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Last Week’s Stock Market Crash Was Warranted, but it Was Also an Overreaction

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Last week, markets suffered their worst week since the 2008 financial crisis. A rapid escalation in fear of the financial impact of the Coronavirus triggered a massive sell-off around the world, with potentially a lot more to come.

At this point, the main thing fuelling the fire is uncertainty — the one factor that can trigger fear faster than anything — and when there is fear in financial markets, there is no telling how bad things will get.

Many people have varying opinions on the subject, with some investors saying this is just the start of something major, and others calling this a minor correction that won’t last long.

Regardless of what happens, when volatility creeps into the market like this, it creates major opportunities, as valuations move out of whack while the true long-term value remains unchanged.

Here’s everything you need to know about the market situation.

Why it was warranted

The virus is serious and spreading faster and faster each day. The fear among medical professionals is that it can spread before it goes noticed, potentially creating an exponential number of cases.

Since it’s spreading so fast, and even the best experts admit it’s hard to tell how big it will get and how long it will last, and even thoughts of cancelling the 2020 Olympics, the Coronavirus is clearly a serious event that will affect businesses around the world.

Because of globalization, and because different countries’ economies are so integrated with each other, even if some countries manage to stay relatively virus free, it doesn’t mean businesses won’t be impacted.

It also doesn’t help with all the unknowns that still remain, and because it’s hard to predict the outcome, businesses and investors want to remain as conservative as possible to reduce anymore negative surprises.

Why it was an overreaction

Despite how serious it is and how much of an impact it will have on global economies, the market crashed way too fast last week, with major indexes like the S&P 500 or the TSX losing roughly 10% of their value in just five trading days. Clearly, volatility is becoming extreme.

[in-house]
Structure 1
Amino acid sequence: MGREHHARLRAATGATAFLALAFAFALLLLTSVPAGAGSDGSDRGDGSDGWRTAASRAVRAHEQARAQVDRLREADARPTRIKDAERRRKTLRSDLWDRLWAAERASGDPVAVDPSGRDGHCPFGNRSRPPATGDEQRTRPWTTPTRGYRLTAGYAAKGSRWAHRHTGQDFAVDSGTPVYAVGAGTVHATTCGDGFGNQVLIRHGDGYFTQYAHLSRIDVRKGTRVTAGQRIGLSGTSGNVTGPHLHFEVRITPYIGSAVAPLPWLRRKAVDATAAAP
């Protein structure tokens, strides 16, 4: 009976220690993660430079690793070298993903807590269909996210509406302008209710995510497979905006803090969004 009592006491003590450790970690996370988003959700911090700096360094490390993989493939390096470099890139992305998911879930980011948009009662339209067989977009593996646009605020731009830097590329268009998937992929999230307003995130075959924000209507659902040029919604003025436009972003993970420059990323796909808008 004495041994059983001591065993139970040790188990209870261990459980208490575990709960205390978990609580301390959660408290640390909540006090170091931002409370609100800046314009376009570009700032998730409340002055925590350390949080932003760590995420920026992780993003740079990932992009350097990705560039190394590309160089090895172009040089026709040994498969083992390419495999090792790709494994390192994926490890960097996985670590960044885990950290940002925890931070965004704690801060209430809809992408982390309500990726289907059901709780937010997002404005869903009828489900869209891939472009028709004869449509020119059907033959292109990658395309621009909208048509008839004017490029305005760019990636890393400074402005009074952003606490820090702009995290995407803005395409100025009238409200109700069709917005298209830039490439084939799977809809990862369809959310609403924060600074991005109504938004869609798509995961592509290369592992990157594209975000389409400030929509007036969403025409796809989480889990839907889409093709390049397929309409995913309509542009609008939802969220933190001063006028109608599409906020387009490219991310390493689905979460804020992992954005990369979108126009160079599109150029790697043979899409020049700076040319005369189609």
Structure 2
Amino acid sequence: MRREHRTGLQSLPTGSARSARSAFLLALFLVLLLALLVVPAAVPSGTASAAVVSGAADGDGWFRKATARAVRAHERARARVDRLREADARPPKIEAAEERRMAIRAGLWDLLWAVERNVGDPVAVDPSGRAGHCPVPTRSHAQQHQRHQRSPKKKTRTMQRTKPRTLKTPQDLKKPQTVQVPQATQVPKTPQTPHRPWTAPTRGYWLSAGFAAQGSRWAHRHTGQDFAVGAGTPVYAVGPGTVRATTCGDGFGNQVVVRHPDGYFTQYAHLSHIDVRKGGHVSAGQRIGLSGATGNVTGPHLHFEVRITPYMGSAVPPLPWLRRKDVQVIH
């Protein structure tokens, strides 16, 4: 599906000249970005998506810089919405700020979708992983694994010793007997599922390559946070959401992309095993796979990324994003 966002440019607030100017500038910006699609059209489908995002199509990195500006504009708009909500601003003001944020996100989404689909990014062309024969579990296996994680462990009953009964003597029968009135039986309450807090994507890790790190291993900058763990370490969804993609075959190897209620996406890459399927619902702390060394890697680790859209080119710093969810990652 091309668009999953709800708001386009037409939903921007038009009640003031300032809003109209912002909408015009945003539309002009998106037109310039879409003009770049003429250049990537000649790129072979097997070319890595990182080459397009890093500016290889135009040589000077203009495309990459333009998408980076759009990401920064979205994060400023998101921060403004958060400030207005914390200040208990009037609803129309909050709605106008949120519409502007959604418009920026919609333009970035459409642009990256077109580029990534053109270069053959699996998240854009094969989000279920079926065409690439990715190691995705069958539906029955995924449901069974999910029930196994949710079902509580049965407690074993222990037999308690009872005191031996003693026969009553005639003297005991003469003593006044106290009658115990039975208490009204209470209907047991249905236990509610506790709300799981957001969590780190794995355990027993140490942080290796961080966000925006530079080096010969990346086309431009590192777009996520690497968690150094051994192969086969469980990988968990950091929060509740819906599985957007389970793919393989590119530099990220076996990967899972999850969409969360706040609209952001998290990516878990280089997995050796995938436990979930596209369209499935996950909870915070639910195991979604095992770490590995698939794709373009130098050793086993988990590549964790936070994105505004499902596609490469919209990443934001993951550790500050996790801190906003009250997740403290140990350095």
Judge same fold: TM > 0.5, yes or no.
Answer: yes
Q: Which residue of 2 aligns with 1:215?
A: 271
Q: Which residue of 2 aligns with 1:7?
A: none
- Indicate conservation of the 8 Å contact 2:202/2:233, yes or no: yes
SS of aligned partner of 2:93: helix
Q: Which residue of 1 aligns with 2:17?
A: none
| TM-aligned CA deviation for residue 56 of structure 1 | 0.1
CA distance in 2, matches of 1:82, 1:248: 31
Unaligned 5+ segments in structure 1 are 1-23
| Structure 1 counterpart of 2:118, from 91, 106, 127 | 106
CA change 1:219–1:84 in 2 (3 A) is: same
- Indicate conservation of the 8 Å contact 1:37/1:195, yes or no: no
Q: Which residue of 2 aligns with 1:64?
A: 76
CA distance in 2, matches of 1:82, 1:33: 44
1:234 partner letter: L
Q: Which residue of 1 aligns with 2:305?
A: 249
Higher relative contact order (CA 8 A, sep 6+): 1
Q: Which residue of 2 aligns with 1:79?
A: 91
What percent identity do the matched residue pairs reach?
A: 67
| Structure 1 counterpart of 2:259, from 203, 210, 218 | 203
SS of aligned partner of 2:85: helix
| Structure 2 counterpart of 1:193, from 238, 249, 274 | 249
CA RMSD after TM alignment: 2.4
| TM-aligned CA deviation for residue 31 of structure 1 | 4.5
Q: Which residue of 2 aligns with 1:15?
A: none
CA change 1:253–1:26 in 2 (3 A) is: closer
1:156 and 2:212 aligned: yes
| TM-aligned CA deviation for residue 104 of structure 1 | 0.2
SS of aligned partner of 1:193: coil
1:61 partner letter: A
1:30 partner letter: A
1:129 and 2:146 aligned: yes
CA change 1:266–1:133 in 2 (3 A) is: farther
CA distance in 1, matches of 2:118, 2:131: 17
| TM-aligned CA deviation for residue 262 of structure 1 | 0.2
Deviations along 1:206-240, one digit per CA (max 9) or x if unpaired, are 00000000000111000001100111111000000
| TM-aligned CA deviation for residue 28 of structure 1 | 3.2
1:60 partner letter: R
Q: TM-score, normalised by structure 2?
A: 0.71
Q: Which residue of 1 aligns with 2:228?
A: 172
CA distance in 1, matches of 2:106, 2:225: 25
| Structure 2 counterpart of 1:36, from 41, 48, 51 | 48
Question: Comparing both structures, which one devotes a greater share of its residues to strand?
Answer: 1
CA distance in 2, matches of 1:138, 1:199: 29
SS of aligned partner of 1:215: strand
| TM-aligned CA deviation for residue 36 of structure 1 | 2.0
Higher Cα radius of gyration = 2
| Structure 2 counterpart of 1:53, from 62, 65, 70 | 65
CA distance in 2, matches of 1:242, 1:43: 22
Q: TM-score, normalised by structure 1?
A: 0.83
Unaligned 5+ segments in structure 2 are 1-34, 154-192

10% in a single week is a severe overreaction, and even though you could make the argument that markets were due for a correction or vulnerable to a sell-off — considering the length of the bull run we were in and the fact that we were at all-time highs — 10% is still a major move.

In economics, there is a lengthy time lag for things to take effect, so although businesses and economies in Canada and around the world will eventually be impacted, it will be quite a while before we see anything meaningful in the statistics.


Regardless of what happened last week and what will happen going forward, when there is this much volatility, it creates major opportunities.

Companies with solid long-term operations, such as Suncor (TSX:SU)(NYSE:SU), that you can feel confident owning shares of for the next 50 years, are perfect examples of major opportunities.

When some of the top businesses in Canada lose a major portion of their value in such a short period of time, these stocks become extremely attractive.

Suncor is a massive $50 billion integrated energy company, and one of the top stocks on the TSX. The company produces oil, refines it, and sells it through its network of over 1,750 retail stores across Canada.

Financially, it’s an extremely stable company, which may be the most important thing to consider at the moment.

Its debt-to-equity ratio is just 0.4, and the company is basically cash flow positive as long as West Texas Intermediate stays above $45 — what’s essentially been the bottom of oil’s trading range since 2016.

Its stock was down roughly 8% last week and was already trading at the bottom of its 52-week trading range before that. It now has incredible value, trading at just nine times its free cash flow, with its dividend yielding upward of 5%.

Opportunities like this don’t come around often, but it’s the perfect time to buy stocks.

Regardless of what happens next, whether the selloff continues or markets start to recover, be cognizant that any decision you make is a long-term decision based on value, not a short-term decision made on impulse.

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This article represents the opinion of the writer, who may disagree with the “official” recommendation position of a Motley Fool premium service or advisor. We’re Motley! Questioning an investing thesis — even one of our own — helps us all think critically about investing and make decisions that help us become smarter, happier, and richer, so we sometimes publish articles that may not be in line with recommendations, rankings or other content.

Fool contributor Daniel Da Costa owns shares of SUNCOR ENERGY INC.

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